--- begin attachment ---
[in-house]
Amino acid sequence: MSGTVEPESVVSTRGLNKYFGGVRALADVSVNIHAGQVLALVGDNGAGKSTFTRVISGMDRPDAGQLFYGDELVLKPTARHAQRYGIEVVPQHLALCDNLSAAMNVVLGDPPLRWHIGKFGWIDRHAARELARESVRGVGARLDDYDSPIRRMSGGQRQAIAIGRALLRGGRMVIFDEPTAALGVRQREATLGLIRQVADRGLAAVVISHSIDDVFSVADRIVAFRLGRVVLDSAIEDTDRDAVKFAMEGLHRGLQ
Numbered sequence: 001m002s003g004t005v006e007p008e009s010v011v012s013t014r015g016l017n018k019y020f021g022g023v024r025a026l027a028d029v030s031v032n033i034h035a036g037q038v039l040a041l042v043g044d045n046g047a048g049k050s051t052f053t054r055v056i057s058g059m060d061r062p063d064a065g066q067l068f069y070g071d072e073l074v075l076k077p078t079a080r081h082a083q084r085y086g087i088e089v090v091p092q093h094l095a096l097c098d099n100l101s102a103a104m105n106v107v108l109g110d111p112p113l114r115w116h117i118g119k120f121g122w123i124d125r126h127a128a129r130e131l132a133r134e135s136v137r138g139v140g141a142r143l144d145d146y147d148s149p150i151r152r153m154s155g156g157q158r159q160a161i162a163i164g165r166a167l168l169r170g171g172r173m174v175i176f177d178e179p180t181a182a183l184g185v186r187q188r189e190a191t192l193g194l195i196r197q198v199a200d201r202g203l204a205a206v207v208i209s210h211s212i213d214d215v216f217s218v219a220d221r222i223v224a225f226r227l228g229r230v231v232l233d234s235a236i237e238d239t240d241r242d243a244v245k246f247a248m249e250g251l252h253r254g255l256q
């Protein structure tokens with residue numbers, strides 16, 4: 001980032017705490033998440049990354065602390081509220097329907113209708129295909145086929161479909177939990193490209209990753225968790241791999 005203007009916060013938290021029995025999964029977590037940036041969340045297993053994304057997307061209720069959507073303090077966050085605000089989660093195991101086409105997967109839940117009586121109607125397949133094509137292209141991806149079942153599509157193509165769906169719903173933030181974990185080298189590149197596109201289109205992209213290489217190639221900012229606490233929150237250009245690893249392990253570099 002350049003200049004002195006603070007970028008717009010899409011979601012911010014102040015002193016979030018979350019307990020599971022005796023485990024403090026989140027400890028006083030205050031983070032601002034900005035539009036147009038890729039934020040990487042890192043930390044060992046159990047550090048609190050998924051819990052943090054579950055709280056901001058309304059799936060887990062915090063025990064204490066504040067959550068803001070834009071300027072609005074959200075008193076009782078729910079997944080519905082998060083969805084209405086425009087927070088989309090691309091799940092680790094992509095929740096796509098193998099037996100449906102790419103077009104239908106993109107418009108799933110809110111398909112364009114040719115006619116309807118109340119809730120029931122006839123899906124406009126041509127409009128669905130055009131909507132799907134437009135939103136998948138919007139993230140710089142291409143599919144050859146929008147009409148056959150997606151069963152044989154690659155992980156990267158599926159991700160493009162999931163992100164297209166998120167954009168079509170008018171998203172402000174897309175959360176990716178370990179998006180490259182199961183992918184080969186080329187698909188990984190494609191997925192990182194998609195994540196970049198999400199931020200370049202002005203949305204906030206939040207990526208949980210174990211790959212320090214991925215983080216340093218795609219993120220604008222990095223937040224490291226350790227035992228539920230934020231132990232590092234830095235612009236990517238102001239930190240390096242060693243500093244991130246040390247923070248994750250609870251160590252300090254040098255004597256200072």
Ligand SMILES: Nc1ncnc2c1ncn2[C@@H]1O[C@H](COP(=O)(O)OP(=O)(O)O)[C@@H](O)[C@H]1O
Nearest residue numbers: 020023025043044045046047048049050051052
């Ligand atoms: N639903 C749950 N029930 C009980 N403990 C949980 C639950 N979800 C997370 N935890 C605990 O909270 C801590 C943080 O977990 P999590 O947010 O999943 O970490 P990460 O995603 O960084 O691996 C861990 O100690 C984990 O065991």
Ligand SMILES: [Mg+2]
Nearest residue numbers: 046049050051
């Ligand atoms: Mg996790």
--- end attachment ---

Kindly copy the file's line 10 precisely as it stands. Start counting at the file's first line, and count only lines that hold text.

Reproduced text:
């Ligand atoms: Mg996790």